We use cookies to ensure that we give you the best experience on our website. By continuing to browse this repository, you give consent for essential cookies to be used. You can read more about our Privacy and Cookie Policy.

Durham e-Theses
You are in:

The Moral Necessity of Care

SHABAN, JASMINE,ELEANOR (2024) The Moral Necessity of Care. Doctoral thesis, Durham University.

Full text not available from this repository.
Author-imposed embargo until 18 May 2027.


Care ethicists are so-called because they argue that care is not optional but is a fundamentally necessary feature of moral experience. They hold that this position is radically distinct from pre-existing normative theories, such that care ethics warrants its own name. I agree that care ethics offers us new moral insights, but I do not believe that the insights afforded us by thinking about the importance of care have yet been fully articulated. After outlining some problems with current depictions of care ethic’s unique moral standing, I argue that the moral necessity of care is structural rather than instrumental and that the unique insight afforded us by care ethics is twofold: 1) we cannot make sense of morality unless we care and 2) care is a real feature of our world, embodied in the infrastructure of our environment. Rather than arguing for care as uniquely particularistic, or feminine, or contra-defined by justice, I argue that care is a metaethical framework that underpins all moral thinking. Given that all moral thinking is made possible because of an attitude and atmosphere of care this means that we cannot endorse a normative moral theory that does not recognise the ethical importance of care but, unlike the popular view that recognises the moral importance of care to the extent that it is justified by a pre-existing, independent moral framework, my thesis makes the case for characterising care as that which underpins moral thought, discourse and action as such.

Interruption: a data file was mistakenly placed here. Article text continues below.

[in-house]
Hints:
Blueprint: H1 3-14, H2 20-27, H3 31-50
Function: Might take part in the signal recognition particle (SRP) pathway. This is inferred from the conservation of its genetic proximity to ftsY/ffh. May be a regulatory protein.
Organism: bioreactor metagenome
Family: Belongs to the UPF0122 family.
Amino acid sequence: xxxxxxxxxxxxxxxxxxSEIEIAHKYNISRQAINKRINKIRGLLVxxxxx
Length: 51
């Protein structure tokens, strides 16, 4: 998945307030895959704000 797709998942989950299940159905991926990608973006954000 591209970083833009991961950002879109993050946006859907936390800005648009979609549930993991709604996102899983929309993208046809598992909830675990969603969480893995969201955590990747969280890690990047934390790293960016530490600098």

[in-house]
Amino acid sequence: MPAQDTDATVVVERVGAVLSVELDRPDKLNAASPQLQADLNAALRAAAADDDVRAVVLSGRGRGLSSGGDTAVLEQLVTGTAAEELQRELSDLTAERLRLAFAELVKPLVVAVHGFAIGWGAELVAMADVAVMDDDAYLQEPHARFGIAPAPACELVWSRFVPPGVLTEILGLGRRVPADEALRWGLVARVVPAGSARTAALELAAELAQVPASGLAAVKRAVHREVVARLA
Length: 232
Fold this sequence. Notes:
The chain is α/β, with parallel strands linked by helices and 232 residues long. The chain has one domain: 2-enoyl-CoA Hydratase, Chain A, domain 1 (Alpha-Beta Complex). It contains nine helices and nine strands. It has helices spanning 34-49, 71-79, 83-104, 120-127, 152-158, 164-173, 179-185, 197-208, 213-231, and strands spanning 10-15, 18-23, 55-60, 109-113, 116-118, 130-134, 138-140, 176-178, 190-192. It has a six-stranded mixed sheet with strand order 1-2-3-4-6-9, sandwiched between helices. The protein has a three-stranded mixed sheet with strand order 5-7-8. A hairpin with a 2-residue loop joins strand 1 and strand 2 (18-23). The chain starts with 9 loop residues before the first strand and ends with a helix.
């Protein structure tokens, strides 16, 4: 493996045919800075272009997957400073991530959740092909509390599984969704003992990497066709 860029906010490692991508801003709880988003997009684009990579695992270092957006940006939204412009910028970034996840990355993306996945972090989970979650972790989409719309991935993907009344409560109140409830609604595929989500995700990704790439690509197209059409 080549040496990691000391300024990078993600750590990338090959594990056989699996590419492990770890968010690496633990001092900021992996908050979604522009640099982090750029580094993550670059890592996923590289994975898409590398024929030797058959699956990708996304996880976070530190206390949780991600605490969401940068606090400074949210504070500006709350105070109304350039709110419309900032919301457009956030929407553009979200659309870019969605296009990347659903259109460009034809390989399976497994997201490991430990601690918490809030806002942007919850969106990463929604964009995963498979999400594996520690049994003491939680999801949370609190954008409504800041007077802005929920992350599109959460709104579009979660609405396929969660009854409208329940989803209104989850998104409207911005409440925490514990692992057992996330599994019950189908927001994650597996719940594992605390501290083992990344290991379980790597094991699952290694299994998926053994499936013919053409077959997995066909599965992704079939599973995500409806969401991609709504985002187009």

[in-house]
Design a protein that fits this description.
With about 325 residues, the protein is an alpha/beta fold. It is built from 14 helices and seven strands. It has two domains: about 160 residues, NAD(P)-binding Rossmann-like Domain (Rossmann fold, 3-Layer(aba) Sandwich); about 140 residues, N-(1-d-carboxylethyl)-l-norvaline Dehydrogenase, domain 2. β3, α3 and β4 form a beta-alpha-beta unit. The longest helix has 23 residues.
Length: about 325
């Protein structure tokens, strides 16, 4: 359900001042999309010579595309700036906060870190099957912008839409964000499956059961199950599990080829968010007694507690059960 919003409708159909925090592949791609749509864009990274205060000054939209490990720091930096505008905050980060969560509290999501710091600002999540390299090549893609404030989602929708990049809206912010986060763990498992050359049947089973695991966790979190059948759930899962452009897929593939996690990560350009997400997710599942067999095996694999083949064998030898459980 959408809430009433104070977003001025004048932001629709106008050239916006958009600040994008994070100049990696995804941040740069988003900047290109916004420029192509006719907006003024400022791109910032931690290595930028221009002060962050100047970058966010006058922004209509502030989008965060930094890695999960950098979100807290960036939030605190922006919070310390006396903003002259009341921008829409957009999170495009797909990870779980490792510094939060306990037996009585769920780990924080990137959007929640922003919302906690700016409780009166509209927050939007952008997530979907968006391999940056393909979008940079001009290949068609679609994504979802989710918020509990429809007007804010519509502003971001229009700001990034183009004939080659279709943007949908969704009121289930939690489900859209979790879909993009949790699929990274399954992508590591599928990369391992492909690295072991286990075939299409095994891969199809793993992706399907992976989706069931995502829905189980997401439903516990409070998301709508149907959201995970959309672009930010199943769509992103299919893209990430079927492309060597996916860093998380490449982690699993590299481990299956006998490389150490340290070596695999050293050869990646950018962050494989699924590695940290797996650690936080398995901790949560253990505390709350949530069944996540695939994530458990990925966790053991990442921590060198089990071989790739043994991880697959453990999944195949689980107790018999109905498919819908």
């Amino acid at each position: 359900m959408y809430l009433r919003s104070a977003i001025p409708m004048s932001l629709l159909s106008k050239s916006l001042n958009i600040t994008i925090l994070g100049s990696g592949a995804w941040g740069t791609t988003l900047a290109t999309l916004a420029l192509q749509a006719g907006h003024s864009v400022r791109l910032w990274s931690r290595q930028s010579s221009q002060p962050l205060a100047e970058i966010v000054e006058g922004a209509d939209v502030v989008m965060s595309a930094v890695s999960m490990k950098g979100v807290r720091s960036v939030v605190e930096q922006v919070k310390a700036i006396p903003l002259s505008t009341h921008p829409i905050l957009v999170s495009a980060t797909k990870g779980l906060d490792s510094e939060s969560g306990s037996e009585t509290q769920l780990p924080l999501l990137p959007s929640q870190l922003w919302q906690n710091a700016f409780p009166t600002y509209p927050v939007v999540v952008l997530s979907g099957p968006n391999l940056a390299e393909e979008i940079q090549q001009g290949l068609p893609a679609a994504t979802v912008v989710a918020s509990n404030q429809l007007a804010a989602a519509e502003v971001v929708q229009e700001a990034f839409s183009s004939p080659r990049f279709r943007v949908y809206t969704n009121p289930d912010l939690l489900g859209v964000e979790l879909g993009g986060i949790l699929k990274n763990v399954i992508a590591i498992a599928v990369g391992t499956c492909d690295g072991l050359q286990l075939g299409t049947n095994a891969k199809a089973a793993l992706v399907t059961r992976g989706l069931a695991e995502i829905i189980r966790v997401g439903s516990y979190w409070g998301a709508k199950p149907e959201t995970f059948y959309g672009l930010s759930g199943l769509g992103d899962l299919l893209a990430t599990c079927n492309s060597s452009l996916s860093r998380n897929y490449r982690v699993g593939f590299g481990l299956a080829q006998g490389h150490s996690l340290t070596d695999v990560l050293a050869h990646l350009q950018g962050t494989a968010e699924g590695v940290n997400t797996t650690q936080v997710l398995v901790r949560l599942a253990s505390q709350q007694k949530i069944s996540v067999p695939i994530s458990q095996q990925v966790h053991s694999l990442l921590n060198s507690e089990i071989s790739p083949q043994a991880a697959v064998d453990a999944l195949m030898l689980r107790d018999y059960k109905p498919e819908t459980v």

Item Type:Thesis (Doctoral)
Award:Doctor of Philosophy
Keywords:care; metaethics; virtue; trust; justice
Faculty and Department:Faculty of Arts and Humanities > Philosophy, Department of
Thesis Date:2024
Copyright:Copyright of this thesis is held by the author
Deposited On:21 May 2024 12:22

Social bookmarking: del.icio.usConnoteaBibSonomyCiteULikeFacebookTwitter